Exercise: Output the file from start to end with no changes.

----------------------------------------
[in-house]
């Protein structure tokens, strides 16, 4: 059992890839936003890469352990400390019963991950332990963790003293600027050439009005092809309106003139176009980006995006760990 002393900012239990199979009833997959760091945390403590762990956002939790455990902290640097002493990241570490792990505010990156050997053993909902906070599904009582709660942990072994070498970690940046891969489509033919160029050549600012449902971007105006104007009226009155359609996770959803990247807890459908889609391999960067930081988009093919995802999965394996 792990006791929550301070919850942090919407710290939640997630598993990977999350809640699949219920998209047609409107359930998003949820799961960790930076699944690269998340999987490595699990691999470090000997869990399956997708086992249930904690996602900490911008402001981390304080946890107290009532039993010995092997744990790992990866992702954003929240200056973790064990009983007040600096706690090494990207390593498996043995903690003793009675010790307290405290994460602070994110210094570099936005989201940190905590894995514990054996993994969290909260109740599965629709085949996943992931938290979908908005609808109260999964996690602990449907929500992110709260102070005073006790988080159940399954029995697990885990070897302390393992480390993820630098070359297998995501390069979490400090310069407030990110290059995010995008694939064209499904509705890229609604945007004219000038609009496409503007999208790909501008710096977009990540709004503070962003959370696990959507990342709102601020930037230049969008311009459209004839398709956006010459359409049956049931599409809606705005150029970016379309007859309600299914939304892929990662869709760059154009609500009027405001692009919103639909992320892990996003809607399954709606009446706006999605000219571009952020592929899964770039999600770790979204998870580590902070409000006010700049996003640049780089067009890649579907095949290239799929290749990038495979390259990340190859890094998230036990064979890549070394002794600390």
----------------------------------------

[in-house]
């Protein structure tokens, strides 16, 4: 059992890839936003890469352990400390019963991950332990963790003293600027050439009005092809309106003139176009980006995006760990 002393900012239990199979009833997959760091945390403590762990956002939790455990902290640097002493990241570490792990505010990156050997053993909902906070599904009582709660942990072994070498970690940046891969489509033919160029050549600012449902971007105006104007009226009155359609996770959803990247807890459908889609391999960067930081988009093919995802999965394996 792990006791929550301070919850942090919407710290939640997630598993990977999350809640699949219920998209047609409107359930998003949820799961960790930076699944690269998340999987490595699990691999470090000997869990399956997708086992249930904690996602900490911008402001981390304080946890107290009532039993010995092997744990790992990866992702954003929240200056973790064990009983007040600096706690090494990207390593498996043995903690003793009675010790307290405290994460602070994110210094570099936005989201940190905590894995514990054996993994969290909260109740599965629709085949996943992931938290979908908005609808109260999964996690602990449907929500992110709260102070005073006790988080159940399954029995697990885990070897302390393992480390993820630098070359297998995501390069979490400090310069407030990110290059995010995008694939064209499904509705890229609604945007004219000038609009496409503007999208790909501008710096977009990540709004503070962003959370696990959507990342709102601020930037230049969008311009459209004839398709956006010459359409049956049931599409809606705005150029970016379309007859309600299914939304892929990662869709760059154009609500009027405001692009919103639909992320892990996003809607399954709606009446706006999605000219571009952020592929899964770039999600770790979204998870580590902070409000006010700049996003640049780089067009890649579907095949290239799929290749990038495979390259990340190859890094998230036990064979890549070394002794600390």